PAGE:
Perhaps no object is adequately defined until the relation to it of every creature and thing in the universe has been duly discovered and recorded. 2 But no such transcendental meaning of a thing preoccupied primeval man. All he wished was to understand the world, in order that he might have power over it, reckon with it, and communicate his impressions concerning it. And, to this end, the only relation of a thing that he was concerned with was its relation to himself. It must be given a name, a place, an order, a meaning — however arbitrary, however fanciful, however euphemistic. Facts were useless, chaotic, bewildering, meaningless, before they had been adjusted, 3 organized, classified, and interpreted in accordance with the

        1 W. P., Vol. II, p. 72: ". . . Communication is necessary, and for it to be possible, something must be stable, simple and capable of being stated precisely."
        2 W. P., Vol. II, p. 65.
        3 Okakura-Kakuzo, The Book of Tea, p. 58; "Adjustment is Art."

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desires, hopes, aims and needs of a particular kind of man.
        Thus interpretation was the first activity of all to thinking humanity, and it was human needs that interpreted the world. 1
        The love of interpreting and of adjusting — this primeval love and desire, this power of the sandboy over his castles; how much of the joy in Life, the love of Life, and, at the same time, the sorrow in Life, does not depend upon it! For we can know only a world which we ourselves have created. 2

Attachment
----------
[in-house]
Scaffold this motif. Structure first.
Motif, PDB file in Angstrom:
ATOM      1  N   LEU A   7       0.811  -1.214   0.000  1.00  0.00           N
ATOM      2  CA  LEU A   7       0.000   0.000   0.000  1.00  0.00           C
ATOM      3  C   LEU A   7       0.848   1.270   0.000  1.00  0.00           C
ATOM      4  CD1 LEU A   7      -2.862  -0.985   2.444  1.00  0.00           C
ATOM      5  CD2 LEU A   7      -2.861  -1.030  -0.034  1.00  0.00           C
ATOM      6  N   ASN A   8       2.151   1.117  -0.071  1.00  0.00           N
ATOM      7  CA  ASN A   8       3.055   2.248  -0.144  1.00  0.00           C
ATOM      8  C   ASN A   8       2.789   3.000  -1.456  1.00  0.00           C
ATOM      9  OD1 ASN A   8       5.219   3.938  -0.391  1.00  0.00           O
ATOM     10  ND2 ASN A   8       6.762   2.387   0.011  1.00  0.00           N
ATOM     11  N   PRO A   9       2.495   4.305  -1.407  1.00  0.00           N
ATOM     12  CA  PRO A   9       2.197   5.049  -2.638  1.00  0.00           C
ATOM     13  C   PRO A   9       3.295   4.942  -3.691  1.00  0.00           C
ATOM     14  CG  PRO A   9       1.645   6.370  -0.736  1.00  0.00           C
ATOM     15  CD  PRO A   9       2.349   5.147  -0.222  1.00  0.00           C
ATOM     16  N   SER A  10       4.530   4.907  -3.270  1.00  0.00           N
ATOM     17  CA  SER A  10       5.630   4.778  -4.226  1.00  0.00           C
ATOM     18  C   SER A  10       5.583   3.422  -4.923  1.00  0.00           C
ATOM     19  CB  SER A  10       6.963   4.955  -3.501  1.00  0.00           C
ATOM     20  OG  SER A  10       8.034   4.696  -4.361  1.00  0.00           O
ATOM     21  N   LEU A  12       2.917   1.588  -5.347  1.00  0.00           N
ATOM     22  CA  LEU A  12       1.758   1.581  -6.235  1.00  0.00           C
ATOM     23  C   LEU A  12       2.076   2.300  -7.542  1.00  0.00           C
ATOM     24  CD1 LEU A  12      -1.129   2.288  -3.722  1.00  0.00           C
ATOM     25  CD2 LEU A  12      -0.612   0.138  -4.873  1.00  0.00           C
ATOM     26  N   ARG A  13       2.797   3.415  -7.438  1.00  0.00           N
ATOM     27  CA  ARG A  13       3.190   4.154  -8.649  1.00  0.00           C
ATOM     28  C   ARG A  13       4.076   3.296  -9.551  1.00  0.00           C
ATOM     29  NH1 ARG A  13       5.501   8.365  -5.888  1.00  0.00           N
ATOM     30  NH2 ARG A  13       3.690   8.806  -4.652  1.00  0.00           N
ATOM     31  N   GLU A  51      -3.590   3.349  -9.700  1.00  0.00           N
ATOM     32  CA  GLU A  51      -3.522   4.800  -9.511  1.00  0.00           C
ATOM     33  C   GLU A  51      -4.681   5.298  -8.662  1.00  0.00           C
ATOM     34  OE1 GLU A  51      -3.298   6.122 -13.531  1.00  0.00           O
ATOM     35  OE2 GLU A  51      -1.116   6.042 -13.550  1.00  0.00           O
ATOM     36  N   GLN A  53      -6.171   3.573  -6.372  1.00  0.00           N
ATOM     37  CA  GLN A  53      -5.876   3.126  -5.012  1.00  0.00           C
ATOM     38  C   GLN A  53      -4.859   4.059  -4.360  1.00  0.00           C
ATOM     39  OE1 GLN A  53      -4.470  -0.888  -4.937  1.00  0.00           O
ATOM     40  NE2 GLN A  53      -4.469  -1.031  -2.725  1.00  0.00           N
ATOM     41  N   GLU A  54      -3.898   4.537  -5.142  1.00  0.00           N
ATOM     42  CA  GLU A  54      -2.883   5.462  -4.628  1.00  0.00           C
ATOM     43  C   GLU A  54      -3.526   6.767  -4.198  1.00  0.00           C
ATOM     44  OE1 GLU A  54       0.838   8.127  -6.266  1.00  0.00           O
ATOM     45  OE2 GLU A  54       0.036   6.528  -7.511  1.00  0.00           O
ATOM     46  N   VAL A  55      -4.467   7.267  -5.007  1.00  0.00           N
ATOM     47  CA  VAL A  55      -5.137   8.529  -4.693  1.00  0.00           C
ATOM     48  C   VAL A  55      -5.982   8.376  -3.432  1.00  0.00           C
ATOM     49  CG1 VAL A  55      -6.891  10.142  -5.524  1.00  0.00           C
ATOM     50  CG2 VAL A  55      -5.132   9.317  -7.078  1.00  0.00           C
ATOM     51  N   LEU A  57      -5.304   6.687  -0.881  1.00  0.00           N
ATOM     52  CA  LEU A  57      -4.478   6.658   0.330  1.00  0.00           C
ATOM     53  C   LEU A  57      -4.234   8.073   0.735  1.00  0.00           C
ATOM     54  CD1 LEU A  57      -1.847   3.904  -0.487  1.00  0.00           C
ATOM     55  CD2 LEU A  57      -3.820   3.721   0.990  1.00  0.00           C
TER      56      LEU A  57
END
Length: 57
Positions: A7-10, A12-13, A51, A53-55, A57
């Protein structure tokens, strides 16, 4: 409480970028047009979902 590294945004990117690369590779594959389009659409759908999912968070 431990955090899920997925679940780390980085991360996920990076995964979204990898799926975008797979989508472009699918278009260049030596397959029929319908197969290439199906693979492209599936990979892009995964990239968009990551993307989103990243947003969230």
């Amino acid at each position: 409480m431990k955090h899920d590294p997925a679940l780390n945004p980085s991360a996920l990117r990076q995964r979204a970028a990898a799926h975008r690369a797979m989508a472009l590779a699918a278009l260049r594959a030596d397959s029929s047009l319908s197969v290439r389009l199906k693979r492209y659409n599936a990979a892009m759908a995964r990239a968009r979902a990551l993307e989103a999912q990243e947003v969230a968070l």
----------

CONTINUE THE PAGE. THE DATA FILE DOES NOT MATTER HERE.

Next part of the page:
There was the universe — strange and inscrutable; terrible in its strangeness, insufferable in its inscrutability, incalculable in its multifariousness. With his consciousness just awaking, a cloud or a shower might be anything to man — a godlike friend or a savage foe. The dome of blue behind was also prodigious in its volume and depth, and the stars upon it at night horrible in their mystery.
        What, too, was this giant's breath that seemed to come from nowhere, and which, while it cooled his face, also bent the toughest trees like straws? The sun and moon were amazing — the one marvellously eloquent, communicative, generous, hot and

        1 W. P., Vol. II, p. 13. See also Th. Gomperz, Greek Thinkers, Vol. I, p. 25. Speaking of interpretation, he says: "And this tendency was notably strengthened by the suspicious circumstances of external life, which awoke the desire for clearness, distinctness and a logical sequence of ideas."
        2 W. P., Vol. II, p. 21. See also Max Müller, Introduction to the Science of Religion, pp. 198–207, and T. I., Part 10, Aph. 19.

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passionate: the other silent, reserved, aloof, cold, incomprehensible. 1
        But there were other things to do, besides interpreting the stars, the sun, the moon, the sea, and the sky above. There was the perplexing multiplicity of changes and of tides in Life, to be mastered and simplified. There was the fateful flow of all things into death and into second birth, the appalling fact of Becoming and never-resting, of change and instability, of bloom and of decay, of rise and of decline. What was to be done?